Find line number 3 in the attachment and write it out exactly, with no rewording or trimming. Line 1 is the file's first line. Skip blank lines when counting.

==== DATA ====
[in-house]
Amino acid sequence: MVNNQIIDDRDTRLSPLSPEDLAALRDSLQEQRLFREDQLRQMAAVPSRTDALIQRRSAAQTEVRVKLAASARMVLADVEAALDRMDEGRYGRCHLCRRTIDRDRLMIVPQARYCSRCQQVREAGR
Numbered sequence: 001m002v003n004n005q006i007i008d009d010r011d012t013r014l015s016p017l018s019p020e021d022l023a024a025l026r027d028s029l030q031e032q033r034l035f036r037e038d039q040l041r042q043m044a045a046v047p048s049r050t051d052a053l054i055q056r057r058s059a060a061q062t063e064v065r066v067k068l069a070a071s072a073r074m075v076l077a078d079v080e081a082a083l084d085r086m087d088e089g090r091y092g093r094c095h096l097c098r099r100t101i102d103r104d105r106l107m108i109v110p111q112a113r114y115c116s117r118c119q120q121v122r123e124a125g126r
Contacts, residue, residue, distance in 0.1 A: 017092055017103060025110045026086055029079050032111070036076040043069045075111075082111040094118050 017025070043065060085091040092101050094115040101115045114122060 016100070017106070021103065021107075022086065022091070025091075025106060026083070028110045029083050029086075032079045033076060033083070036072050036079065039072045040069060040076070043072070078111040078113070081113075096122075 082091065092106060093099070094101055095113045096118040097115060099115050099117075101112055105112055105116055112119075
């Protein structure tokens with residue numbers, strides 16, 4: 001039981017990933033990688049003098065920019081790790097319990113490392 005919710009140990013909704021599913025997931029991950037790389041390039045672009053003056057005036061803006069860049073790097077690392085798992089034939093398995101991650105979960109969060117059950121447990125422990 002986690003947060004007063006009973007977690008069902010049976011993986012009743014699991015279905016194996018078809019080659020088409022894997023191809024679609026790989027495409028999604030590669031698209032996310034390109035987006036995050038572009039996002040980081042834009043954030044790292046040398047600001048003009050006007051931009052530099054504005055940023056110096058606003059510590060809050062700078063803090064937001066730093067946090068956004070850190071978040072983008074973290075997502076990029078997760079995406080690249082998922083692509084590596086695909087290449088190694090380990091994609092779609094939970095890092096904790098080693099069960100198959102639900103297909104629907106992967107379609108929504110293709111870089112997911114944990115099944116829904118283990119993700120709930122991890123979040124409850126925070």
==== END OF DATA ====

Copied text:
Numbered sequence: 001m002v003n004n005q006i007i008d009d010r011d012t013r014l015s016p017l018s019p020e021d022l023a024a025l026r027d028s029l030q031e032q033r034l035f036r037e038d039q040l041r042q043m044a045a046v047p048s049r050t051d052a053l054i055q056r057r058s059a060a061q062t063e064v065r066v067k068l069a070a071s072a073r074m075v076l077a078d079v080e081a082a083l084d085r086m087d088e089g090r091y092g093r094c095h096l097c098r099r100t101i102d103r104d105r106l107m108i109v110p111q112a113r114y115c116s117r118c119q120q121v122r123e124a125g126r